**61. CAT 2000 QA | Geometry - Coordinate Geometry | Data Sufficiency**

**Choose 1**; if the question can be answered by using one of the statements alone, but cannot be answered using the other statement alone.

**Choose 2**; if the question can be answered by using either statement alone.

**Choose 3**; if the question can be answered by using both statements together, but cannot be answered using either statement alone.

**Choose 4**; if the question cannot be answered even by using both statements together.

There are two straight lines in the x-y plane with equations ax + by = c , dx + ey = f. Do the two straight lines intersect?

- a, b, c, d, e and f are distinct real numbers.
- c and f are non-zero.

- A.
1

- B.
2

- C.
3

- D.
4

Answer: Option D

**Explanation** :

Statement A implies that a, b, c, d, e, f are distinct real numbers.

But if a/d = b/e = c/f then the lines may be parallel and might not intersect at all.

∴ Statement A alone is not sufficient.

Statement B implies that the equations are not homogenous equations.

∴ Statement B is also not sufficient.

The condition for intersecting lines is a/d ≠ b/e

Even after combining both the statements the above condition is not clear.

∴ We cannot be sure whether the lines are intersecting or parallel.

Hence, option 4.

Workspace:

**62. CAT 2000 QA | Geometry - Circles | Data Sufficiency**

**Choose 1**; if the question can be answered by using one of the statements alone, but cannot be answered using the other statement alone.

**Choose 2**; if the question can be answered by using either statement alone.

**Choose 3**; if the question can be answered by using both statements together, but cannot be answered using either statement alone.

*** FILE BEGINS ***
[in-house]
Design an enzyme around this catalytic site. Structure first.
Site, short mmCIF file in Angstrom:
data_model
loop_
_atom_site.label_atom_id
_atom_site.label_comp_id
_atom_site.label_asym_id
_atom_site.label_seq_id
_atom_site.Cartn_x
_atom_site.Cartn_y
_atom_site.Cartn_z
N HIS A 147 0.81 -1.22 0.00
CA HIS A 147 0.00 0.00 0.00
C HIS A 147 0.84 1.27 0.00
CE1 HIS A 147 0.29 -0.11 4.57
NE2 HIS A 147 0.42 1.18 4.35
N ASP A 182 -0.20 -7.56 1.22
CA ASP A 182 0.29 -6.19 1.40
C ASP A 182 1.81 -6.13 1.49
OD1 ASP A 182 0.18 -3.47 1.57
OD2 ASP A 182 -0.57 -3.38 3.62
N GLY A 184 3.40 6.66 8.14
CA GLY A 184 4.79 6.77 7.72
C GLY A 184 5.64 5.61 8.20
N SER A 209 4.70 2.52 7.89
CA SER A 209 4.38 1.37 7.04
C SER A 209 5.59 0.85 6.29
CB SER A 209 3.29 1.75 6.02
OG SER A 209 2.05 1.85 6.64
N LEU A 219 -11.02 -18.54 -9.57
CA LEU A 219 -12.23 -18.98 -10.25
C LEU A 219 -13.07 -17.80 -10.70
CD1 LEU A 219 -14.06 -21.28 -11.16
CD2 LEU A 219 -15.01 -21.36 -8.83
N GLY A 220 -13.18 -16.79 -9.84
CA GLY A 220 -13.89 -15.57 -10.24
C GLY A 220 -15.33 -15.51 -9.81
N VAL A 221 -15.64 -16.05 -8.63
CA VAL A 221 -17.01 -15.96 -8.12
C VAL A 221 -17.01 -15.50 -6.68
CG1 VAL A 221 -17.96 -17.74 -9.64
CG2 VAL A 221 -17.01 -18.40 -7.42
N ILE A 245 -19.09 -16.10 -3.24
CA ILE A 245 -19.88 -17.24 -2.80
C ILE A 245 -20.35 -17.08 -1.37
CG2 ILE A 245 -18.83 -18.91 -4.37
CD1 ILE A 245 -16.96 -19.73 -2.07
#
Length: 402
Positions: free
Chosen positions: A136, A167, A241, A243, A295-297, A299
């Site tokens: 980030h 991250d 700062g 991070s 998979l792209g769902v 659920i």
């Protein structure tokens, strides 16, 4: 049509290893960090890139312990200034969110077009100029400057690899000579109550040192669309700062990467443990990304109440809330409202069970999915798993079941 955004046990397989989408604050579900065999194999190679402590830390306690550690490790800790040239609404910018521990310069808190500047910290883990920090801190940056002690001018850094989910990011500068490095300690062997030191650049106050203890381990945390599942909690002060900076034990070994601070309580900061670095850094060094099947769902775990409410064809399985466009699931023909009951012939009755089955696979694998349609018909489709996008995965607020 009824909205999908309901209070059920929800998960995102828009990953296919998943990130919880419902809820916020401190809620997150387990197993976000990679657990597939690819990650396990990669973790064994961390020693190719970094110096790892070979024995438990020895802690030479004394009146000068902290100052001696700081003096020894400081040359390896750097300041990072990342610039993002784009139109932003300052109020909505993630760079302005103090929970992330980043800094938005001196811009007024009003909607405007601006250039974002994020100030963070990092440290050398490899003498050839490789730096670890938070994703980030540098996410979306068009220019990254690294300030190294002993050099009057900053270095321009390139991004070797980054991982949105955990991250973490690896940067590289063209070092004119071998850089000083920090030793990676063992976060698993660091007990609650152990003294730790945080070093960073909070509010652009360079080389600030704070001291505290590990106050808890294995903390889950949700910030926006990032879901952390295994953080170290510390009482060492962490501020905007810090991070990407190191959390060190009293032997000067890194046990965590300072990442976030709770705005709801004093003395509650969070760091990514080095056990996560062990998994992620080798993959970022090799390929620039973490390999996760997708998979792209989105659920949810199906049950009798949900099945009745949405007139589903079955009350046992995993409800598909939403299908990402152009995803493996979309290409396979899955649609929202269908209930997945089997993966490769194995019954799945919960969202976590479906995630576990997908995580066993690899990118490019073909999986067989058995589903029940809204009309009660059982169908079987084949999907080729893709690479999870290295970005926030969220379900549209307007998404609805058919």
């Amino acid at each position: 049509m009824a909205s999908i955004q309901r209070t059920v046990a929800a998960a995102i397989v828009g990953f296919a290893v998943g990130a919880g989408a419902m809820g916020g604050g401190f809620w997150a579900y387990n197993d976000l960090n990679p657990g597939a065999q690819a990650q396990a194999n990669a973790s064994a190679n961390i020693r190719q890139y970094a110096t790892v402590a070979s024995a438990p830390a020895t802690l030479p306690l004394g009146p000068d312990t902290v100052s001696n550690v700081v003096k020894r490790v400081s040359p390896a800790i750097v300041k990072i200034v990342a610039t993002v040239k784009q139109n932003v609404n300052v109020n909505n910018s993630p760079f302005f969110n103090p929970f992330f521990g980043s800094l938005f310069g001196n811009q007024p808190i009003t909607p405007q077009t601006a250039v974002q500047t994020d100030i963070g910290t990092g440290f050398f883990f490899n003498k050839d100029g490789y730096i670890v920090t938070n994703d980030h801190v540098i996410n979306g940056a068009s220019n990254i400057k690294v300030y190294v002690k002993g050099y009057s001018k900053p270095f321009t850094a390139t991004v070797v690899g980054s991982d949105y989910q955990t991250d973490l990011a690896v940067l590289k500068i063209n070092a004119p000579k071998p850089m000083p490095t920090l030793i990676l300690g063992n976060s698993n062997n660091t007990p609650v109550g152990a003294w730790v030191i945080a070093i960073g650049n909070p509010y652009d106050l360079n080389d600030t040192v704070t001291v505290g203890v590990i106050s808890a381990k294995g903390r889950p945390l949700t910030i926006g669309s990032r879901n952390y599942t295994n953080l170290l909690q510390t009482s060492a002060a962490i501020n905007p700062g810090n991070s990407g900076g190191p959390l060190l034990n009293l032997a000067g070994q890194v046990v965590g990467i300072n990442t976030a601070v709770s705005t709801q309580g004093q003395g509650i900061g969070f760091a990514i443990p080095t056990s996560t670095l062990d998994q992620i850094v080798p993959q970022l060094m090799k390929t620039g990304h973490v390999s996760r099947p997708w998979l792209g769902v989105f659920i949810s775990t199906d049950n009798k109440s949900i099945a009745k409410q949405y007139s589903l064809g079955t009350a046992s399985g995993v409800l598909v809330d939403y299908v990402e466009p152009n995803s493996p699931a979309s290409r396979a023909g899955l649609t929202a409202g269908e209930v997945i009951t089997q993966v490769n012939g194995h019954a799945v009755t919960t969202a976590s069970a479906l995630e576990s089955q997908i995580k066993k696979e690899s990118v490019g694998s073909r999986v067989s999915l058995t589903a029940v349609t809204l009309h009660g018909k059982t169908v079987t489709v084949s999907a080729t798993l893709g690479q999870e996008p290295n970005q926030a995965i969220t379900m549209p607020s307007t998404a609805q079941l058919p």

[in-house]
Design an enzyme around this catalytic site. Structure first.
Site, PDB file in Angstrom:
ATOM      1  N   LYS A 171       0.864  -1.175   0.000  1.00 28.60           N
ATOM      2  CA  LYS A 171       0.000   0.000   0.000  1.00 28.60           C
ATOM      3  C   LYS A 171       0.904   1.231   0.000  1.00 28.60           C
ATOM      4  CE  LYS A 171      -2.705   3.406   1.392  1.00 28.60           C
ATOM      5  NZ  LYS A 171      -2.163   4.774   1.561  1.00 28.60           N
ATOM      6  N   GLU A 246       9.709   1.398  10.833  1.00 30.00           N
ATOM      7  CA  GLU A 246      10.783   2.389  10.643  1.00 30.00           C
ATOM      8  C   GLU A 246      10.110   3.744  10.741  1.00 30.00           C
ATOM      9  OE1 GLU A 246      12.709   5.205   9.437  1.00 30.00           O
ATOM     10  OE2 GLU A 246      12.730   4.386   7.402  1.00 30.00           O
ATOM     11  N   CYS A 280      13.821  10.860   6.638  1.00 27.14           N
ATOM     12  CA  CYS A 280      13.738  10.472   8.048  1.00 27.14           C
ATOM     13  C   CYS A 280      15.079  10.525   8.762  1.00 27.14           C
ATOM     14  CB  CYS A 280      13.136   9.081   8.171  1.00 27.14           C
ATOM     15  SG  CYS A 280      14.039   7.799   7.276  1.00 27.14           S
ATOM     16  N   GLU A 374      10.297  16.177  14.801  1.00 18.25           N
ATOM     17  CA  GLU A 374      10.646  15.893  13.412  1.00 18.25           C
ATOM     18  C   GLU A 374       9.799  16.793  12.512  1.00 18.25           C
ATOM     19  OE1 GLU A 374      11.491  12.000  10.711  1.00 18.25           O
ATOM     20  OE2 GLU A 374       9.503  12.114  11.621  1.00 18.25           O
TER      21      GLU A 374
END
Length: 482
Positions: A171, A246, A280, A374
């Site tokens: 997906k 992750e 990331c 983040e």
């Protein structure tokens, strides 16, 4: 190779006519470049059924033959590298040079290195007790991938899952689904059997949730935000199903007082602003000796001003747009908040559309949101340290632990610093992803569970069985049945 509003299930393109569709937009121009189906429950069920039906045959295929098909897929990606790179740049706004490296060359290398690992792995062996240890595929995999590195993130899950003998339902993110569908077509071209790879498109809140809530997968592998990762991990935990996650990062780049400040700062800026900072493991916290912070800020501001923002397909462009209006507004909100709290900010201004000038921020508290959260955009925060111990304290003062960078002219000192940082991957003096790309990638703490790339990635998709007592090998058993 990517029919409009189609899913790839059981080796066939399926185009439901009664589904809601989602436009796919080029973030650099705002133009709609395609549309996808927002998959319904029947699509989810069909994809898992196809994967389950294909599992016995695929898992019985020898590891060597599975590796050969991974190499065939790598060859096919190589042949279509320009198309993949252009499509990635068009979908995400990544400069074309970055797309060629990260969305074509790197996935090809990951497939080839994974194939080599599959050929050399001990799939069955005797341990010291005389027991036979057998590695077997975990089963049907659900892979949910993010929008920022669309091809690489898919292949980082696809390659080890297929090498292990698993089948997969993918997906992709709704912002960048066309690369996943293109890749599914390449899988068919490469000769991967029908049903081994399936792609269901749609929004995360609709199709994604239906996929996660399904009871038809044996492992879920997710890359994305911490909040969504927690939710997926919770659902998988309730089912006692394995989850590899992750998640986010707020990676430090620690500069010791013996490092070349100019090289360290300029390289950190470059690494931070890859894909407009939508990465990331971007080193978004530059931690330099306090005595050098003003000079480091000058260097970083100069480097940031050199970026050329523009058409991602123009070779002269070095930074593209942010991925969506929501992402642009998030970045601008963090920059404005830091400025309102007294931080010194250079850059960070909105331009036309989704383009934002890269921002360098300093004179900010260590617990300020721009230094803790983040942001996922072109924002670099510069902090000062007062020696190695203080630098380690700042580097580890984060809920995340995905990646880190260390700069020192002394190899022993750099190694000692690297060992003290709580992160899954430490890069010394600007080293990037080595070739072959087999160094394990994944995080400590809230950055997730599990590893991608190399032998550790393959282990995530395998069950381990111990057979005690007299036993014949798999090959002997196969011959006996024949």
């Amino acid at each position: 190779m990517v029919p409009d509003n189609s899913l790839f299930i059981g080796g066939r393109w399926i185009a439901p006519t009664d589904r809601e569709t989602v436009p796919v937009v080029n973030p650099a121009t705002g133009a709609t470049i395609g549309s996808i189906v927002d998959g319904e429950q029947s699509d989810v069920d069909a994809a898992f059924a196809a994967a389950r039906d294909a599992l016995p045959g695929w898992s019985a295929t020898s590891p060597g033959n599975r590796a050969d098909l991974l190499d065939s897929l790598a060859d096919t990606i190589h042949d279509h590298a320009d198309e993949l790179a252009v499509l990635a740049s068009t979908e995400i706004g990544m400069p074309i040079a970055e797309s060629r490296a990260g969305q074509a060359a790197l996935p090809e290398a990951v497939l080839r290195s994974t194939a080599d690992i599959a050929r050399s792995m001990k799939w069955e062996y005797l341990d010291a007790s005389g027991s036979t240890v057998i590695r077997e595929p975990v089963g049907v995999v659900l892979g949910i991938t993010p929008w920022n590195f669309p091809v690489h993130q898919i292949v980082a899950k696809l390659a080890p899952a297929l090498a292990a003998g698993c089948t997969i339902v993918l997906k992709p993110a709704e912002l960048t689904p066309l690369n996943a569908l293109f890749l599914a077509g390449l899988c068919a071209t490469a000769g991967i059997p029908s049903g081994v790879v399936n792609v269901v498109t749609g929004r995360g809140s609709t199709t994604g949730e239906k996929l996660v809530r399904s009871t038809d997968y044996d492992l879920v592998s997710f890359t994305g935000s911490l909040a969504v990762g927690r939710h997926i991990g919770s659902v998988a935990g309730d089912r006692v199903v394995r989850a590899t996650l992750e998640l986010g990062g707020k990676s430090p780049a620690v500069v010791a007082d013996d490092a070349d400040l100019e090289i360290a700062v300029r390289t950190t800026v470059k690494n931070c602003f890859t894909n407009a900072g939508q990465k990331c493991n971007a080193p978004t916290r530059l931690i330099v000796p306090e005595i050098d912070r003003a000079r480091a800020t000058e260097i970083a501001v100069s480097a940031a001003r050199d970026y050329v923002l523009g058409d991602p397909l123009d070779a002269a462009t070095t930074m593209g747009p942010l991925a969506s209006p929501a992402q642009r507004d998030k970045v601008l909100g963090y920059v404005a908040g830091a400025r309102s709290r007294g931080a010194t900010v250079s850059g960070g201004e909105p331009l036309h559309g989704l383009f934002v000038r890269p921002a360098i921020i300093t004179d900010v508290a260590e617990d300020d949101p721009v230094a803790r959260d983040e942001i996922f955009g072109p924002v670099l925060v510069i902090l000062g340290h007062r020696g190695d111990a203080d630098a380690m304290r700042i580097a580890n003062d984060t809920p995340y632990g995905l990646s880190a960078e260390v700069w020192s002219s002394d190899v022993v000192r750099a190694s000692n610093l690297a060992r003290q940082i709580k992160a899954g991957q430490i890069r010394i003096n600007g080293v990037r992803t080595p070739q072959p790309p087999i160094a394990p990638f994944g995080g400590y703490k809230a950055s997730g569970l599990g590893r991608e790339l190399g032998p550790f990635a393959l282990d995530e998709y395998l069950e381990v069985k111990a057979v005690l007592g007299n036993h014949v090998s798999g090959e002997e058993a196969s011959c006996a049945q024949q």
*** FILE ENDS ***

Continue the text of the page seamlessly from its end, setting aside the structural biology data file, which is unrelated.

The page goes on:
**Choose 4**; if the question cannot be answered even by using both statements together.

O is the centre of two concentric circles. ae is a chord of the outer circle and it intersects the inner circle at point; b and d. c is a point on the chord in between b and d. What is the value of ac/ce?

- bc/cd = 1
- A third circle intersects the inner circle at b and d and the point c is on the line joining the centres of the third circle and the inner circle.

- A.
1

- B.
2

- C.
3

- D.
4

Answer: Option B

**Explanation** :

From statement A

bc = cd

If c is the midpoint of bd it would also be midpoint of ae because circles are concentric.

∴ ac = ce

∴ The question can be answered using statement A alone.

From Statement B

If c is the point on the line joining the two centres, it has to bisect the chord bd.

∴ c will also bisect the chord ae as the circles are concentric.

∴ ac = ce

∴ The question can be answered using statement B alone also.

Hence, option 2.

Workspace:

**63. CAT 2000 QA | Arithmetic - Time, Speed & Distance | Data Sufficiency**

**Choose 1**; if the question can be answered by using one of the statements alone, but cannot be answered using the other statement alone.

**Choose 2**; if the question can be answered by using either statement alone.

**Choose 3**; if the question can be answered by using both statements together, but cannot be answered using either statement alone.

**Choose 4**; if the question cannot be answered even by using both statements together.

Ghosh Babu has decided to take a non-stop flight from Mumbai to No-man’s-land in South America. He is scheduled to leave Mumbai at 5 am, Indian Standard Time on December 10, 2000. What is the local time at No-man’s-land when he reaches there?

- The average speed of the plane is 700 kilometres per hour.
- The flight distance is 10,500 kilometres.

- A.
1

- B.
2

- C.
3

- D.
4

Answer: Option D

**Explanation** :

By combining both the statements we can get the duration of the flight. But for the arrival time we should have the information regarding the time zone difference of Mumbai and No man’s land.

Hence, option 4.

Workspace:

**64. CAT 2000 QA | Algebra - Number Theory | Data Sufficiency**

**Choose 1**; if the question can be answered by using one of the statements alone, but cannot be answered using the other statement alone.

**Choose 2**; if the question can be answered by using either statement alone.

**Choose 3**; if the question can be answered by using both statements together, but cannot be answered using either statement alone.

**Choose 4**; if the question cannot be answered even by using both statements together.

What are the ages of two individuals, X and Y?

- The age difference between them is 6 years.
- The product of their ages is divisible by 6.

- A.
1

- B.
2

- C.
3

- D.
4

Answer: Option D

**Explanation** :

From statement A

X – Y = 6

From statement B

XY is divisible by 6.

∵ There are many possible values for example (12, 6), (18, 12), (24, 18) ...

∴ The question cannot be answered even by combining both the statements.

Hence, option 4.

Workspace: